Lament is a word I would describe as a “churchy-word”. It’s not one I’ve heard outside of reading the Bible or a bible study. I don’t remember ever hearing a sermon on lament, at least not defined by that term.

“God meets us where we are at and not where we pretend to be.” Esther Fleece’s words leapt off the page from the very beginning of this book. As she began to tell the story of her life I realized that we don’t have much in common outside of a faith in Jesus. Single, a career business woman with a challenging past wounded by her family even defining herself as an orphan, I was heart-broken by her experiences.

Although Esther and I don’t have similar experiences, she asked questions throughout No More Faking Fine that helped me realize we had more in common than I first thought.

“How often have you tried not to cry your own tears?”

“If nothing is too hard for God, then why doesn’t he deliver us from things overnight?”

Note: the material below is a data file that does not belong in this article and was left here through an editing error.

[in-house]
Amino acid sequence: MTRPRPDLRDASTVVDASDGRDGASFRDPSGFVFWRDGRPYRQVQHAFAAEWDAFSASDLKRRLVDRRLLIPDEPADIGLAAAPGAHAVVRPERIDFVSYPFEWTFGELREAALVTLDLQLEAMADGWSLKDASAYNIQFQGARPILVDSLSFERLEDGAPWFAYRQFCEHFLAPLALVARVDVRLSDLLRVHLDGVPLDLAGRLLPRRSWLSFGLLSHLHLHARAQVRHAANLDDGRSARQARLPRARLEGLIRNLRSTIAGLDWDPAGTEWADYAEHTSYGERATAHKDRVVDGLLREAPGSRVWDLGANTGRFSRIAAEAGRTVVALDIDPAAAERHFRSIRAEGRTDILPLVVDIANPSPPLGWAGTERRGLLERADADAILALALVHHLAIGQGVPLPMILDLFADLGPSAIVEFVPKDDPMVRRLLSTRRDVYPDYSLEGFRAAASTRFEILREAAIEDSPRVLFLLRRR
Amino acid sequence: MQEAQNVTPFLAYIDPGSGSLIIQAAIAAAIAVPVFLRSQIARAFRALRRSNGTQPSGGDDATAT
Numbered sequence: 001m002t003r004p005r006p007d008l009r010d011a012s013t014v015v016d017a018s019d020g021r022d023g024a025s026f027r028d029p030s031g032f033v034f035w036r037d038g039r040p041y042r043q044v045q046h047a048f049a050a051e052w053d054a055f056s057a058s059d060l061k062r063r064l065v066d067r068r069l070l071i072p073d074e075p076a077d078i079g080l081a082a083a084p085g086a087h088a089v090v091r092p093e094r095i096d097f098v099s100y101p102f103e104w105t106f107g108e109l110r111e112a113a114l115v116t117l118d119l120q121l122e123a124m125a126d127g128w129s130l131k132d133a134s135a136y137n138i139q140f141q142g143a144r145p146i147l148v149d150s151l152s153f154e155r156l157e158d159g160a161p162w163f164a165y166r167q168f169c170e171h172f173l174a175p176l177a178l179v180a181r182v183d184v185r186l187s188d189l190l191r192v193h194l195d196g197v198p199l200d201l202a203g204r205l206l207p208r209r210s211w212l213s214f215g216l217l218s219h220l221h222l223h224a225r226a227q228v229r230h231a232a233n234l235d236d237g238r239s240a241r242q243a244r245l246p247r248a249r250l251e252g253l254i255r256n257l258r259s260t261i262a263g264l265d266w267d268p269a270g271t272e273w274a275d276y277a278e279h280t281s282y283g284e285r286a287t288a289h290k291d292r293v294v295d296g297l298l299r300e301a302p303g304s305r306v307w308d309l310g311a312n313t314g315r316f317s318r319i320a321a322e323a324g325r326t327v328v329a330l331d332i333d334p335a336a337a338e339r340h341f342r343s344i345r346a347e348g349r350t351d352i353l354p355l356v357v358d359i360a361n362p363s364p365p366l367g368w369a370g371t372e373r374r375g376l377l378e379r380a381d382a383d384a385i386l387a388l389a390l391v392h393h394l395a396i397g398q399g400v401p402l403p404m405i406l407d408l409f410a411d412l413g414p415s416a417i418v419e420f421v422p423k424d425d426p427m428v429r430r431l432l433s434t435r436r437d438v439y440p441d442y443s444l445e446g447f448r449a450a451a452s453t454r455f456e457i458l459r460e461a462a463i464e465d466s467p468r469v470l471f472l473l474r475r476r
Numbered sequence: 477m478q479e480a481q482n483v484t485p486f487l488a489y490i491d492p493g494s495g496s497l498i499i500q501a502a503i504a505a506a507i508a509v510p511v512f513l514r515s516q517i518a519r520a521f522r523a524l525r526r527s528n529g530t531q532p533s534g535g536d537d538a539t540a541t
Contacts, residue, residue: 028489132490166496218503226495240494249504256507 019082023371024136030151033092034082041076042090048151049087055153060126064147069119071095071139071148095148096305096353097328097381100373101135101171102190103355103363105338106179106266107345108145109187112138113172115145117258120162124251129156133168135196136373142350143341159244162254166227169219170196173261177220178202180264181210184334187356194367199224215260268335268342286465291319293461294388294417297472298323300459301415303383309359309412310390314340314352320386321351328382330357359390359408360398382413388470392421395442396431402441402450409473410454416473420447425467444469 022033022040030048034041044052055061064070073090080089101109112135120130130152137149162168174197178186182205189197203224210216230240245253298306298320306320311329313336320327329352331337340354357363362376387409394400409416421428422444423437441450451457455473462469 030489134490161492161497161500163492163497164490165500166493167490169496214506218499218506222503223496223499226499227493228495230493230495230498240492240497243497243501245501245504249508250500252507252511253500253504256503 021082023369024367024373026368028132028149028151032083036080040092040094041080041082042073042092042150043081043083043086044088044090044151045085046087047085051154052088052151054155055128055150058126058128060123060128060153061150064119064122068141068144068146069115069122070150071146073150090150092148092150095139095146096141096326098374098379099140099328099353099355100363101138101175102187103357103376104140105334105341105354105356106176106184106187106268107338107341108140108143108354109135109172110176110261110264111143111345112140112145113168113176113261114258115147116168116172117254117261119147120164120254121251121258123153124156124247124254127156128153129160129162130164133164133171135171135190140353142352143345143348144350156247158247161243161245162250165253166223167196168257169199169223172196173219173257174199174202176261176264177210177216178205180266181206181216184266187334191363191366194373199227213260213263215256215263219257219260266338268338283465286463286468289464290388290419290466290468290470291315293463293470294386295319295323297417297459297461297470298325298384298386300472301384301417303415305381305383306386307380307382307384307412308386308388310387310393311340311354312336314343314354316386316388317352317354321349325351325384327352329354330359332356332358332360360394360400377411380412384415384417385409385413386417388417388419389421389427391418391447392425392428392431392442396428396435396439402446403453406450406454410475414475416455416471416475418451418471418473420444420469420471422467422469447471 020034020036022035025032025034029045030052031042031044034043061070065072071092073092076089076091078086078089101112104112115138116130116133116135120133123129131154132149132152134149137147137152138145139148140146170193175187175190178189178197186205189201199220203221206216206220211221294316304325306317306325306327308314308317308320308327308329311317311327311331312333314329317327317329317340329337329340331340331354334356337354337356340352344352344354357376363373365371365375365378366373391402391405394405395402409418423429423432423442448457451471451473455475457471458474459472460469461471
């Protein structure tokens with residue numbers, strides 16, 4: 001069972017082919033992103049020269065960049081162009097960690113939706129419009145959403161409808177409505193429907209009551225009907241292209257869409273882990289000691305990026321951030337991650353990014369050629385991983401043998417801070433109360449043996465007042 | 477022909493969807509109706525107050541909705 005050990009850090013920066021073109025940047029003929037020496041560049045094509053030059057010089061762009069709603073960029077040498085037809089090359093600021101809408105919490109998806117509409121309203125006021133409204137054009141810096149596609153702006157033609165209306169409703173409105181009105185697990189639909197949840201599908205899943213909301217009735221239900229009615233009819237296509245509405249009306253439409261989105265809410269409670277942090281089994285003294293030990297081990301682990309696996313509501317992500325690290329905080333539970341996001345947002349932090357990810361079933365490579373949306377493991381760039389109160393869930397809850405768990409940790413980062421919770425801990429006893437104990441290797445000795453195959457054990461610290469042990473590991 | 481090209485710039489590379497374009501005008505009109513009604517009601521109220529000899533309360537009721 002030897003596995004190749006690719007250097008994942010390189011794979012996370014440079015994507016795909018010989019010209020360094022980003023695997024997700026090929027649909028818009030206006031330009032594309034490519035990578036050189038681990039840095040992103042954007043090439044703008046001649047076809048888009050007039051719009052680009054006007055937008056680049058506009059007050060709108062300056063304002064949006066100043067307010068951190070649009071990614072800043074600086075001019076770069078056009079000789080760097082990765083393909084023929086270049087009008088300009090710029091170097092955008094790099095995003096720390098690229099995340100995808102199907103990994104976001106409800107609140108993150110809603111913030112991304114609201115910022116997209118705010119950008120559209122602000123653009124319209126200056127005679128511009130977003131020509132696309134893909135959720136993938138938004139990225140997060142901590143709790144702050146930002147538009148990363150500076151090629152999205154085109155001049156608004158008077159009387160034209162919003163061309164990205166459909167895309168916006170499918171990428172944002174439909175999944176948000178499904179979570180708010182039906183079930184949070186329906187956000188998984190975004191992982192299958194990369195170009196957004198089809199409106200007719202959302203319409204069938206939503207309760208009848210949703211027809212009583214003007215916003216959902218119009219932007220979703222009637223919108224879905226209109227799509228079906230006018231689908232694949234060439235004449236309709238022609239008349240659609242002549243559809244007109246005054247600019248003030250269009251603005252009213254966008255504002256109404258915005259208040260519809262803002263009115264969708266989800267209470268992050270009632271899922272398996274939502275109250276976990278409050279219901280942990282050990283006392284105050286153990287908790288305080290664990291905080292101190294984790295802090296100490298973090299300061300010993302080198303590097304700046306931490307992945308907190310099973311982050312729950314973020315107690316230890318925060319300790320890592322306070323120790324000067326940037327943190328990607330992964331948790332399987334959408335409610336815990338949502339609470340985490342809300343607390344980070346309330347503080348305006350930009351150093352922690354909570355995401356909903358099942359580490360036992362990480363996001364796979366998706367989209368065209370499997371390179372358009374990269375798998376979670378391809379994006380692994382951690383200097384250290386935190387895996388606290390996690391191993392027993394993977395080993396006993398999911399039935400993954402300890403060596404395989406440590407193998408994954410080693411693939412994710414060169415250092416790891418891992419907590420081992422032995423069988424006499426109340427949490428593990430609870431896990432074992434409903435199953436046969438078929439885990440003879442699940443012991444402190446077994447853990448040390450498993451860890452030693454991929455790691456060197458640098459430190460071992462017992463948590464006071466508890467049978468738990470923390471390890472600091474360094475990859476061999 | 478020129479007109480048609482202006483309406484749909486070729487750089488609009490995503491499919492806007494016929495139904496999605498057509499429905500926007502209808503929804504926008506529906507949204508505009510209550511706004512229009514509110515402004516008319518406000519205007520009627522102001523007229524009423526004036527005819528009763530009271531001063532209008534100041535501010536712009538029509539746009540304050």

“Why do we so often pull back when things are hard?”

Esther Fleece writes from a place of experience and vulnerability throughout the book. Taking the reader to Job, Joel, Habakkuk, and Nehemiah as well and Psalms Esther reveals the depths of God’s love for us through her explanation and urging towards lament in our pray life.

“Prayer was a significant part of my life, yet I had never been taught about the prayer called lament.”

“Lament, he said, is simply expressing honest emotion to God when life is not going as planned. Whether we’re hurt, frustrated, confused, betrayed, overwhelmed, sad or disappointed, lament is the language God has given us to talk to Him right in the middle of life’s messes. It’s real talk with God when you’re hurting, when all you can do is cry out for His help.”

As I read through No More Faking Fine I realized that although I may not have had language for lament, there were seasons of my life where I had journaled through lament. Fleece reminded me that God heard those cries, he always strives to for his good to be the ultimate outcome even in our hardest times.

Although I found this book to be one that made me think deeper and challenged me, I found certain sections to be long and repetitive. I felt certain parts were too much about arguing the point that lament was a good thing and not enough about the application. For that reason, I give this book 4 out of 5 stars.

In exchange for an honest review, I was given a free ebook copy via BookLookBloggers.

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